If you saw the title phrase in a magazine reel advertisement today, you’d more than likely say, “So?” But, if you were reading that advertisement in say, 1976, you’d not only be intrigued but pumped by the fact that the company had taken steps to increase your casting distance and make the reel more ergonomic (I don’t even think the study of ergonomics was around in 1976) for the angler.
Up until the mid-70s, casting reels were heavy, featured the spool-tension knob on the sideplate opposing the handle (I could have said left sideplate but I wanted to respect you wrong-handed casters) and some, like the Ambassadeur 5000, didn’t even have bearings but brass bushings. At that time, the popular baitcasting manufacturers were Ambassadeur (ABU-Garcia), Diawa (the Millionaire series), Shakespeare and Pflueger with the most popular, in terms ruggedness and castability, being the first mentioned.
The deal was everyone used them with confidence and pride because there was no other benchmark in which baitcasting reels were judged. Ignorance is bliss.
That all changed in the mid-70s when Lew Childre turned the baitcasting reel industry on its ear with the new Lew’s Speed Spool. I remember the first time I saw one in a tackle store – the reel looked goofy, almost like half a reel due to the fact the left sideplate had no spool-tension knob on it. It also had a strange shape that, unbeknownst to me, was actually a design feature to improve casting distance.
So, what did the new reel offer compared to the old standbys and why was it so earth shattering?
As stated earlier, the reel was the first to offer a handle-side spool-tension knob, which allowed the overall reel width to be decreased significantly. This may seem like a minor adjustment to today’s anglers but it was the foundation of all future reel designs to come. It allowed anglers to more comfortably palm their reels, which resulted in less hand fatigue over the course of a day’s fishing.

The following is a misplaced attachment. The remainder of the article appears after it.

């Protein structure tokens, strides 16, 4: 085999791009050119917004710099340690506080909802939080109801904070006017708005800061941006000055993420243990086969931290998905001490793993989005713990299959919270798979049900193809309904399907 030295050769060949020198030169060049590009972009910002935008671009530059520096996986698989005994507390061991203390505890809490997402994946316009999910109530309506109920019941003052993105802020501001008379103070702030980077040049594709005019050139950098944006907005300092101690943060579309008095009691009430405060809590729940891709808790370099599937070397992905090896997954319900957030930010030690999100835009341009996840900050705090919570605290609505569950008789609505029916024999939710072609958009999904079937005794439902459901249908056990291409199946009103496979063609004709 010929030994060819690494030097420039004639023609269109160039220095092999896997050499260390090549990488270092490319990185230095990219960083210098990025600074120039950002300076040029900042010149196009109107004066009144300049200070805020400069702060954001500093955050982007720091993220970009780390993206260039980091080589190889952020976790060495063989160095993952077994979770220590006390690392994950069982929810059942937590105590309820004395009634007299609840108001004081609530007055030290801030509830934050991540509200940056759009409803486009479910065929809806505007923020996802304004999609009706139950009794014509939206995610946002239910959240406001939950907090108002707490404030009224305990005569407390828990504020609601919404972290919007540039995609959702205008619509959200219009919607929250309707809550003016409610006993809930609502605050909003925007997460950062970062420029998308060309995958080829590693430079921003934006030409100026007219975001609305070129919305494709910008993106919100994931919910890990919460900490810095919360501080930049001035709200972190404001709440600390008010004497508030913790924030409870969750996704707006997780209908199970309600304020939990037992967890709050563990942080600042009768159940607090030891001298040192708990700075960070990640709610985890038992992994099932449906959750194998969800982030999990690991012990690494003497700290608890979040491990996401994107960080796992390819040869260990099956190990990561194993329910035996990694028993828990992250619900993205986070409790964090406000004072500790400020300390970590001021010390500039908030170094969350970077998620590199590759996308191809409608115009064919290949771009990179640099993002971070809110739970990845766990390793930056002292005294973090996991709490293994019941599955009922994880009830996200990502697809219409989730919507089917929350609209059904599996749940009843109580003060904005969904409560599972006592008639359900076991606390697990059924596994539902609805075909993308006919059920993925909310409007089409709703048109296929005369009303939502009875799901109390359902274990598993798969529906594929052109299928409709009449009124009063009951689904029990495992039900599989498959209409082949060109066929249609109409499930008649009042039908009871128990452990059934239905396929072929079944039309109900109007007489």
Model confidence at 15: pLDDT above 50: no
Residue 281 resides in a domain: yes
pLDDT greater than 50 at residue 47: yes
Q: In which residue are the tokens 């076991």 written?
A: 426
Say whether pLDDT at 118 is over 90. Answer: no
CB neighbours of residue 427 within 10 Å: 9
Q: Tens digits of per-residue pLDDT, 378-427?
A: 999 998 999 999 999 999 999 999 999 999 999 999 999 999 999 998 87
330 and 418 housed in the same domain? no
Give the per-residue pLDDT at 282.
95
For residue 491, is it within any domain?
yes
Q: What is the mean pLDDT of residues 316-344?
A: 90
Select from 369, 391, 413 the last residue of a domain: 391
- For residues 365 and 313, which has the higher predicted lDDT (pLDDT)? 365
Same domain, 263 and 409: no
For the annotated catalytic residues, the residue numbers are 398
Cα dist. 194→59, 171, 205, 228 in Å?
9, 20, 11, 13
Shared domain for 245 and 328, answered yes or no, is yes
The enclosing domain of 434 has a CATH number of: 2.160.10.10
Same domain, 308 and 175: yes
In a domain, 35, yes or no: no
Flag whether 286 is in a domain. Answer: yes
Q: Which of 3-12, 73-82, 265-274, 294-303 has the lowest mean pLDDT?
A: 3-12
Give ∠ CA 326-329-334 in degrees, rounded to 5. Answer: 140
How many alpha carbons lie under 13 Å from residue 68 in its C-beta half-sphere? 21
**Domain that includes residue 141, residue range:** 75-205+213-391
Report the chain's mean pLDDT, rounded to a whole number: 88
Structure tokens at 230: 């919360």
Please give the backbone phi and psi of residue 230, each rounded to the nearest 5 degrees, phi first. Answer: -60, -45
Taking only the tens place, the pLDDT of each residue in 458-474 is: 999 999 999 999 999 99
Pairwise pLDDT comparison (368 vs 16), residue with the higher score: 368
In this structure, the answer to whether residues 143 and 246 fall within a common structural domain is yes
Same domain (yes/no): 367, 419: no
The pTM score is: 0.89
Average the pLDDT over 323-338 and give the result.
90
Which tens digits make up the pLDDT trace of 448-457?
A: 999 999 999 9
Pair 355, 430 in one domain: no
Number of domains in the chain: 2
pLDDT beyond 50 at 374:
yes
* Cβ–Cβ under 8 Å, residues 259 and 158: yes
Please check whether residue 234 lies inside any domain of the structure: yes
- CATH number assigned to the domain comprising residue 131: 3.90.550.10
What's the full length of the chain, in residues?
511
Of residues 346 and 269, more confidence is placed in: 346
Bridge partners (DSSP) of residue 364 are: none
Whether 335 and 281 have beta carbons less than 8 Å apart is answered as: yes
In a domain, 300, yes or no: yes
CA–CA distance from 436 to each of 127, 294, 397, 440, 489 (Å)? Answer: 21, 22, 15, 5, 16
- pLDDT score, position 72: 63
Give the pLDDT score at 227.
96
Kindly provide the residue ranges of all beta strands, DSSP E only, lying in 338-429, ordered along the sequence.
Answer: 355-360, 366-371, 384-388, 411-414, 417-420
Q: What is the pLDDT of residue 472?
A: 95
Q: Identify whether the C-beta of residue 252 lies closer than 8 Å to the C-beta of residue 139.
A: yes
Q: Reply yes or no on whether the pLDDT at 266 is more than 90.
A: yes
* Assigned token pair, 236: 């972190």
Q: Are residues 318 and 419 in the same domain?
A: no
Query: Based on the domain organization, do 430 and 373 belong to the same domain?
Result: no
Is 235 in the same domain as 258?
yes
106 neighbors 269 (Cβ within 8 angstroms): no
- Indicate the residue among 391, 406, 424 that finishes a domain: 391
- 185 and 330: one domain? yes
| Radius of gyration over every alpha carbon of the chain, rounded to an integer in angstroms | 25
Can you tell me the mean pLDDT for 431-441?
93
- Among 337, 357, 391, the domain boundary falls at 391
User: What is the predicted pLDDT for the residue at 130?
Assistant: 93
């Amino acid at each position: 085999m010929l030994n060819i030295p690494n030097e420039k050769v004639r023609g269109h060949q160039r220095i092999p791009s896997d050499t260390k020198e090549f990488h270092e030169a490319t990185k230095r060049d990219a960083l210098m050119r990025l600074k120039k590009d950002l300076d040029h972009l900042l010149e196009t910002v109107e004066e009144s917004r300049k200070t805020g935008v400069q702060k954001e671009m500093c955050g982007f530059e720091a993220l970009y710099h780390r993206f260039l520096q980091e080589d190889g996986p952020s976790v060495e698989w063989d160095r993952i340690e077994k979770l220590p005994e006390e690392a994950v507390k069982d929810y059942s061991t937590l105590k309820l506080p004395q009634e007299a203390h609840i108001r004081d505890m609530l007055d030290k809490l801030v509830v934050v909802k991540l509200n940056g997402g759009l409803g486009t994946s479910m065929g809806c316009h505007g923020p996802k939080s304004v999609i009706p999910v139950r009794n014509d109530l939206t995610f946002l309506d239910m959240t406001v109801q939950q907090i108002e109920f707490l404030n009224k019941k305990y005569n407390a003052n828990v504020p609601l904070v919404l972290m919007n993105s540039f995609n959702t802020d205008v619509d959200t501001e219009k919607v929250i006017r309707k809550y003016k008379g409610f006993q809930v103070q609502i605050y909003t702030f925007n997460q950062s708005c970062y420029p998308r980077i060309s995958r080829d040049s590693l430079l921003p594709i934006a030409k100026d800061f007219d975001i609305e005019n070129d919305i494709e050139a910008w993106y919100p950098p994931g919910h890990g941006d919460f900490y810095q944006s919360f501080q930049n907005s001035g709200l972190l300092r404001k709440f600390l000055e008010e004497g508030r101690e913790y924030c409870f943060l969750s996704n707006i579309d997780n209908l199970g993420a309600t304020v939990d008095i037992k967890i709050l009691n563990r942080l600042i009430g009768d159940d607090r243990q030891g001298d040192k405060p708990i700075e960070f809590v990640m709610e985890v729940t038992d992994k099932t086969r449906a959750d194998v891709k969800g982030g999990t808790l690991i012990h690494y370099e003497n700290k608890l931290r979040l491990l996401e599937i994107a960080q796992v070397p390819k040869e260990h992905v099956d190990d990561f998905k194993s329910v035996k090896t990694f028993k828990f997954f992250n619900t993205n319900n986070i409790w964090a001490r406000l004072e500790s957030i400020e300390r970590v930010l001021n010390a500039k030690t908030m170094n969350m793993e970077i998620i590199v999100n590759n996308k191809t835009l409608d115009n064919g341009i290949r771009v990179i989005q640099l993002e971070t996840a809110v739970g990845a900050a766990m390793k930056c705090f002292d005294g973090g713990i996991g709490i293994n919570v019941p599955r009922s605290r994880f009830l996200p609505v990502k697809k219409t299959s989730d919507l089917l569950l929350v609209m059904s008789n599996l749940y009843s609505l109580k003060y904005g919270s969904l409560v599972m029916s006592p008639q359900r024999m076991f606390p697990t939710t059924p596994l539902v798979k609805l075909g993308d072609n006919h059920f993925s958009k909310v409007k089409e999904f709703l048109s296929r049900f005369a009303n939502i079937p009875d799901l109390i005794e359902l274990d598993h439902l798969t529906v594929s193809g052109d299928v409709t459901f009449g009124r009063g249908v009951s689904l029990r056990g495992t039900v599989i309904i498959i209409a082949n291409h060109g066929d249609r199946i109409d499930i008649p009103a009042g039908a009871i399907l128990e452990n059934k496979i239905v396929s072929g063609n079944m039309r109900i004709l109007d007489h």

The second breakthrough this reel possessed was the disengaging level-wind. Childre was obsessed with designing a reel that would cast further than any other reel on the market. He knew that moving parts create friction and therefore by designing the reel so the level-wind didn’t move back and forth during the cast would decrease distance-hogging friction and result in longer casts.
The third advance was the line-guide itself. Childre, who played a major role in the design of the then-new Fuji ceramic guides, decided that if these guides would increase cast length by placing them on a rod, it should do the same if using one as the line-guide on a level-wind. Childre also located the line-guide as far away from the spool as possible, thus decreasing even more friction during the cast (and the reason for its strange shape).
The fourth major contribution this reel presented was the fact that it was low-profile. Although the height of the reel was the same as its counterparts, the reel foot was placed higher towards the centerline of the reel in order for it to sit lower on the rod. Another ergonomic aspect that many anglers didn’t notice until they fished it.
The Lew’s Speed Spool also offered a larger drag surface-area, which drastically increased drag smoothness and nearly solved the problem of drag stick, a problem that the competition had always fought. Childre also placed the best enclosed bearings (2) that could affordably be placed in a reel at the time and rounded out the reel with a paddle-style power handle instead of the small single-knob handles that were standard on the competition’s reels of the time.
To today’s angler, these improvements may not seem to be a big deal but at the time they spawned a revolution in the reel industry. So much so that Shimano, the original equipment manufacturer of the Speed Spool, broke ties with Lew Childre and Son’s to embark on a new venture in 1977 to introduce their own Bantam line of fishing reels. At that time, Shimano had only been a manufacturer of high-end bicycle parts.
If one compares today’s reels to the Speed Spool of 1976, there are few differences. In fact, every reel produced today has each of the features the Speed Spool introduced. Only the incorporation of more bearings, magnets and even electronic braking systems are the only deviations from the original design.
Over the years I owned more than a dozen of the BB1 Speed Spools. Unfortunately, as I replaced them with more state-of-the-art reels, I gave them away to friends, as parts reels, or collectors. I wish I had kept one of them just for posterity as they were truly a groundbreaking piece of equipment.